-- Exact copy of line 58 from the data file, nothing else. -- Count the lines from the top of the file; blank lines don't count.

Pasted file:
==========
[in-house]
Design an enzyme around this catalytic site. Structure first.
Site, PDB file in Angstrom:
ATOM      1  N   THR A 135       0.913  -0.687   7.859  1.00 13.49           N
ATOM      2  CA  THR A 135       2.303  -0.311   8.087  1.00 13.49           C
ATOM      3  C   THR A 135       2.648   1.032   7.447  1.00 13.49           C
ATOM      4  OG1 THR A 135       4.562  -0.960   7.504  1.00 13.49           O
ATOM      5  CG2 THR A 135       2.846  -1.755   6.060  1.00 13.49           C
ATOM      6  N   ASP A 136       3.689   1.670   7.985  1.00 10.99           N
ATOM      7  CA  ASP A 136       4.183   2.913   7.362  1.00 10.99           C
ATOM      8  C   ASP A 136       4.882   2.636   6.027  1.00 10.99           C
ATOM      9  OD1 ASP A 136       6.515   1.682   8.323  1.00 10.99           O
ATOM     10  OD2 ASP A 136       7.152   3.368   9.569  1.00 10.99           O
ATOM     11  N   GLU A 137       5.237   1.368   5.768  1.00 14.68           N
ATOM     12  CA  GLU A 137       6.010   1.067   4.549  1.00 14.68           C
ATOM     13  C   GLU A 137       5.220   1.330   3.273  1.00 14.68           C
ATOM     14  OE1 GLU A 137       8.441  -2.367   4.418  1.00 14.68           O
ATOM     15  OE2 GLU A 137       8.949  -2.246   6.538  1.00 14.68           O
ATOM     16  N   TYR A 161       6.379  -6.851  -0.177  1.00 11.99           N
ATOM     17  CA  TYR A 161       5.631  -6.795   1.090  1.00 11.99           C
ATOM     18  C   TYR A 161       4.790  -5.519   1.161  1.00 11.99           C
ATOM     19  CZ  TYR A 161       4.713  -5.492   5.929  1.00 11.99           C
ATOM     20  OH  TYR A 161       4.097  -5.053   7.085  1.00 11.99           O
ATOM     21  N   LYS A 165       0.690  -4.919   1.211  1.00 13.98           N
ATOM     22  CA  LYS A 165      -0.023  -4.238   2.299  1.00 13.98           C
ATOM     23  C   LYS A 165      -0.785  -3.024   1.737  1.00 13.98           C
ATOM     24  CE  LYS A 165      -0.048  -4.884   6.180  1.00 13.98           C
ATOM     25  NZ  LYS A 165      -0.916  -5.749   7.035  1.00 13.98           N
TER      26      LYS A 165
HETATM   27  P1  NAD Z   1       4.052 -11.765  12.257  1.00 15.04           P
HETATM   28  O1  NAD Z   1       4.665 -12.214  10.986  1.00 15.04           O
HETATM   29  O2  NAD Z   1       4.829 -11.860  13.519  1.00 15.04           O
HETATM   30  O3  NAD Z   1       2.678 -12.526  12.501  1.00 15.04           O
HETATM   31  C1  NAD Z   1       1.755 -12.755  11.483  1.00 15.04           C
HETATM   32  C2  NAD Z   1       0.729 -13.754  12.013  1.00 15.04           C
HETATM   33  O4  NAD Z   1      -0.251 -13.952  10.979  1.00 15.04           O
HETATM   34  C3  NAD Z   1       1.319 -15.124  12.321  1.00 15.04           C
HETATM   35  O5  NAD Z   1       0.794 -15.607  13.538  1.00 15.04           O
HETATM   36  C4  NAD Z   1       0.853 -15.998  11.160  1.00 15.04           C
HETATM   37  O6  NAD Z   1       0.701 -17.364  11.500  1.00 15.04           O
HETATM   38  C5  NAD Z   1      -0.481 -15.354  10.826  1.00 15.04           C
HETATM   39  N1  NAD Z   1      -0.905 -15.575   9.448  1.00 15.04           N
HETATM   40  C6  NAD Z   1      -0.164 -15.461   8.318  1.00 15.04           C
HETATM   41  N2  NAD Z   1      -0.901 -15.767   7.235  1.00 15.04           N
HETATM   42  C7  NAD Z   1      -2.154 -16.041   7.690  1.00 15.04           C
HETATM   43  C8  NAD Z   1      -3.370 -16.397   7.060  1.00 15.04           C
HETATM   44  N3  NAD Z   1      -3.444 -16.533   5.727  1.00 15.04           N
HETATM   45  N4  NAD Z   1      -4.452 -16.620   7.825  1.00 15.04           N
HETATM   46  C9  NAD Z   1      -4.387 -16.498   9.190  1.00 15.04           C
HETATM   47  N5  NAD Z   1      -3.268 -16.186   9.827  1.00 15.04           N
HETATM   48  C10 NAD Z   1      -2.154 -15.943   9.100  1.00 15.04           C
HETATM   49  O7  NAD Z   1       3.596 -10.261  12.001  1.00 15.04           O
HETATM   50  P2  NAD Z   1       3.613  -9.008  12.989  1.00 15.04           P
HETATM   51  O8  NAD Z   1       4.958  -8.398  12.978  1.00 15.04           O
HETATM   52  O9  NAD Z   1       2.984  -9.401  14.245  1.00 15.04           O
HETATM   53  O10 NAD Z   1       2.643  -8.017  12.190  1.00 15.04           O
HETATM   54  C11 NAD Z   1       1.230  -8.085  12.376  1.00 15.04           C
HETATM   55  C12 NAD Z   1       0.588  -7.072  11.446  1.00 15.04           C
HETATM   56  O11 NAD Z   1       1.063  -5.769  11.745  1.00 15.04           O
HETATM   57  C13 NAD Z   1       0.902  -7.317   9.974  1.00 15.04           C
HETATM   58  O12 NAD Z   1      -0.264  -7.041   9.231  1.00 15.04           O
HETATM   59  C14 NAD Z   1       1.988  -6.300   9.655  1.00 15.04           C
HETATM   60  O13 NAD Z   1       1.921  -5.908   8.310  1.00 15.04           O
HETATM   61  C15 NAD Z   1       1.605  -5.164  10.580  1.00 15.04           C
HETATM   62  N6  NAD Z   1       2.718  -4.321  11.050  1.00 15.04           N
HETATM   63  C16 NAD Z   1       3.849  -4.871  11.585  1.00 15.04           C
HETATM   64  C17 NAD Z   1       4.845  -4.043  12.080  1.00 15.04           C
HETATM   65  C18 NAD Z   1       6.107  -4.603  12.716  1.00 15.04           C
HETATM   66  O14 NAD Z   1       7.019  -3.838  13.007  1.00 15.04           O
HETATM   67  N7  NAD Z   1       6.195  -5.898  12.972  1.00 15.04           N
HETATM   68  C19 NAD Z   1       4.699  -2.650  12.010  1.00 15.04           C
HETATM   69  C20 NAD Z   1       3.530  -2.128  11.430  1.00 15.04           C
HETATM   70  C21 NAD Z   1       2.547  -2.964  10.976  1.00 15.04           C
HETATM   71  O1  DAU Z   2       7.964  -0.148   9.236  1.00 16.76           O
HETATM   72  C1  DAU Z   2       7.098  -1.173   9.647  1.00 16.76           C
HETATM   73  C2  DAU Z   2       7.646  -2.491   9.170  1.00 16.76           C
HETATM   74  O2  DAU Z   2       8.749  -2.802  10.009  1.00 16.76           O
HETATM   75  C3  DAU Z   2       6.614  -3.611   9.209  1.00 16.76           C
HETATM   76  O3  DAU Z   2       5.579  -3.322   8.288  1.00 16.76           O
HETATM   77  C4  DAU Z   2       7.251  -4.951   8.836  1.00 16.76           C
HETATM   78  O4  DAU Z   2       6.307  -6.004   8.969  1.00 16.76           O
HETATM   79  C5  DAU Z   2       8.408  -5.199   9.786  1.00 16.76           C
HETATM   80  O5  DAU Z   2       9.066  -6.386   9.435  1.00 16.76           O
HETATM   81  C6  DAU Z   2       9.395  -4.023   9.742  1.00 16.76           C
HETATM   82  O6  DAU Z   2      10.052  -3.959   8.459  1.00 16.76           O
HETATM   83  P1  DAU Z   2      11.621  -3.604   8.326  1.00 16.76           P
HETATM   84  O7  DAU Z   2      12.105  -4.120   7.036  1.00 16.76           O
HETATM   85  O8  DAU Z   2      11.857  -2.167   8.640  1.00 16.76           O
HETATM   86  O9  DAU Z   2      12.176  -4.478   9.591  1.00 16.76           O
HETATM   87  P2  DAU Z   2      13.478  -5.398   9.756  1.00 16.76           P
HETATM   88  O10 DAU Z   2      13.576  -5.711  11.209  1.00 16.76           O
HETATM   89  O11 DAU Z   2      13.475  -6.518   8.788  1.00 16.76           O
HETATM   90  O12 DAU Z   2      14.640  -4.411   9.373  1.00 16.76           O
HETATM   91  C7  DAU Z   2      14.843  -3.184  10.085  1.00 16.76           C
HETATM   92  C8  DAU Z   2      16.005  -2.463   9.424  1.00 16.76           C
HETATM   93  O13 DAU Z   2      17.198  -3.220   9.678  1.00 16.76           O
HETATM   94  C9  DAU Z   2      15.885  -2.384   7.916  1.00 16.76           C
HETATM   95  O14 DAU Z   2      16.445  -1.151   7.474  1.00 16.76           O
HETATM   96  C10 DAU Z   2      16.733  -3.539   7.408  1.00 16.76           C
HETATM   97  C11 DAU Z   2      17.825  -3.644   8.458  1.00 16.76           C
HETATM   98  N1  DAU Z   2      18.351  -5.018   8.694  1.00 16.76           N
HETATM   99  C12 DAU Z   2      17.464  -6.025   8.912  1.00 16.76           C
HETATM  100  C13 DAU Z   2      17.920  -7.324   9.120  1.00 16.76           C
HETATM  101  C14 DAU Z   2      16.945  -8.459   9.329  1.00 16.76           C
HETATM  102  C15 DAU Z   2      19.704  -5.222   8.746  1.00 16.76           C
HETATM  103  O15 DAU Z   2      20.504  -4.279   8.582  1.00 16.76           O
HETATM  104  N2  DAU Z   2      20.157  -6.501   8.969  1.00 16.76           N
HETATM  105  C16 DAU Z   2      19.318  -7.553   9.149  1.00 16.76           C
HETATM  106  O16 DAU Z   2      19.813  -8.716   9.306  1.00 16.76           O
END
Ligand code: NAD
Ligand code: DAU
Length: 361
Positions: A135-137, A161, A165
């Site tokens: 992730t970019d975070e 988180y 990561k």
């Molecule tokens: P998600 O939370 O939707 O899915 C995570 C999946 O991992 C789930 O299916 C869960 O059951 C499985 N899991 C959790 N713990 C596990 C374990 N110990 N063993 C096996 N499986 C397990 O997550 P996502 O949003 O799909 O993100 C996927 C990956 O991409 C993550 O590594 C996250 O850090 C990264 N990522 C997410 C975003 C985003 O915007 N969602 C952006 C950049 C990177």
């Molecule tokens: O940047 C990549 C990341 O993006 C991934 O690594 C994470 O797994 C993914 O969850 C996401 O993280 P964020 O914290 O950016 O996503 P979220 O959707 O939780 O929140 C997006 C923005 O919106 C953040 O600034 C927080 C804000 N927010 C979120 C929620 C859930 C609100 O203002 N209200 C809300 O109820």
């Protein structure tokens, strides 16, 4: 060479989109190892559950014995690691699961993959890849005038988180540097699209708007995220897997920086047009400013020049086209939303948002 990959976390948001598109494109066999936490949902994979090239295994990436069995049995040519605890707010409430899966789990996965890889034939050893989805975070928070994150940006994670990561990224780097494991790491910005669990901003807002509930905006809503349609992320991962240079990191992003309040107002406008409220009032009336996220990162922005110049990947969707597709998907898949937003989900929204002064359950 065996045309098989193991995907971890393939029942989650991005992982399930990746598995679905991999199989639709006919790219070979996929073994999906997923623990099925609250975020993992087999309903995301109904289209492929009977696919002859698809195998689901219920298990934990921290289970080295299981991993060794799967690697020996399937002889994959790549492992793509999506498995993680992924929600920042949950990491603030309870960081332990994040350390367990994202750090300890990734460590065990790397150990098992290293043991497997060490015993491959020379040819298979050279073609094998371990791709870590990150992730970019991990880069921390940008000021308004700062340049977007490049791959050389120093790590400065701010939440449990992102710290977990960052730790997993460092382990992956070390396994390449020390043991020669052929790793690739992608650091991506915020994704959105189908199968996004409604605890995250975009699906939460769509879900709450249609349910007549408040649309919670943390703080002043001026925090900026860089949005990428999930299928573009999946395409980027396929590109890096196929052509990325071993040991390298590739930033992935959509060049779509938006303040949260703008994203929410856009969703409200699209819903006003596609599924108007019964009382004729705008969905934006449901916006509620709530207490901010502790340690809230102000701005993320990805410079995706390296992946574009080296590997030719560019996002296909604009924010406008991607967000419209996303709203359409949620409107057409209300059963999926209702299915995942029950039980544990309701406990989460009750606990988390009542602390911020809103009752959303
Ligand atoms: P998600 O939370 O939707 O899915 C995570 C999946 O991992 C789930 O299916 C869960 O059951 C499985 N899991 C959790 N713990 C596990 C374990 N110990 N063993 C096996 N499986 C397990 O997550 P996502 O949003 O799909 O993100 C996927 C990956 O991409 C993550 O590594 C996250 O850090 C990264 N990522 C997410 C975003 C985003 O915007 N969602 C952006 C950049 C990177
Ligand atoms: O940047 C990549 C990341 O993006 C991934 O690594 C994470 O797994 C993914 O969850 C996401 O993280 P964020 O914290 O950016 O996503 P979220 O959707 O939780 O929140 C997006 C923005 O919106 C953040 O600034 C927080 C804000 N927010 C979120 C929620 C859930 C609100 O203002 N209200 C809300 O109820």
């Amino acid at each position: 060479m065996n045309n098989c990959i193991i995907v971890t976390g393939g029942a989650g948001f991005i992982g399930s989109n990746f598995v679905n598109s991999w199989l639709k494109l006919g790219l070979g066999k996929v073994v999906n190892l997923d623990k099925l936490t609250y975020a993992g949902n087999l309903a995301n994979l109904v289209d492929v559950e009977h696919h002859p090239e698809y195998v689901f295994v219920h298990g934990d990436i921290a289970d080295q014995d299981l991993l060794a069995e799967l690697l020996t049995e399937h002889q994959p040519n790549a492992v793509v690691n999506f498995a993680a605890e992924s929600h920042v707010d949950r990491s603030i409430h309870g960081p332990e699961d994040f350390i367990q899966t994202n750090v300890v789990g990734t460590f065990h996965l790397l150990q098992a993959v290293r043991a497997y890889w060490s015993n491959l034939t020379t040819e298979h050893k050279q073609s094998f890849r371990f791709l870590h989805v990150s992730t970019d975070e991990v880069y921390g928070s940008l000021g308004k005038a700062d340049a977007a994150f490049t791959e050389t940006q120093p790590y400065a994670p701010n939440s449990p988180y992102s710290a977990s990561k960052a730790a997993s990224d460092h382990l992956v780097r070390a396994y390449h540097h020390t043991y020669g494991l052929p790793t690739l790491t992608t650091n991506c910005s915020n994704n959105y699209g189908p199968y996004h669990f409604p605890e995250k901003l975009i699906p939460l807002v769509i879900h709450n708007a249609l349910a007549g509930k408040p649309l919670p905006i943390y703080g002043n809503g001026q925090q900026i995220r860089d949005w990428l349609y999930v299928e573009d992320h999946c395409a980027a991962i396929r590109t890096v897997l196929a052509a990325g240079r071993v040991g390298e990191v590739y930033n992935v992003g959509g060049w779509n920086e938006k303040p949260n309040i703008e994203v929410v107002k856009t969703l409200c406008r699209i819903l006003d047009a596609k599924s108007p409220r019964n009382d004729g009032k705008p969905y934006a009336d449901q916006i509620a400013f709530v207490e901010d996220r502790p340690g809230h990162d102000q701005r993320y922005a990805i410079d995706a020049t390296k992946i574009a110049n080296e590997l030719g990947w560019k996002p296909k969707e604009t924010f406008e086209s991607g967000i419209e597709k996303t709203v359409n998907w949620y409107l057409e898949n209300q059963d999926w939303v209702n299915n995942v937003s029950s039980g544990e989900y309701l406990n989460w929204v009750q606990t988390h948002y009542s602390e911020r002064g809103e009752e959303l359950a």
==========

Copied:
HETATM   55  C12 NAD Z   1       0.588  -7.072  11.446  1.00 15.04           C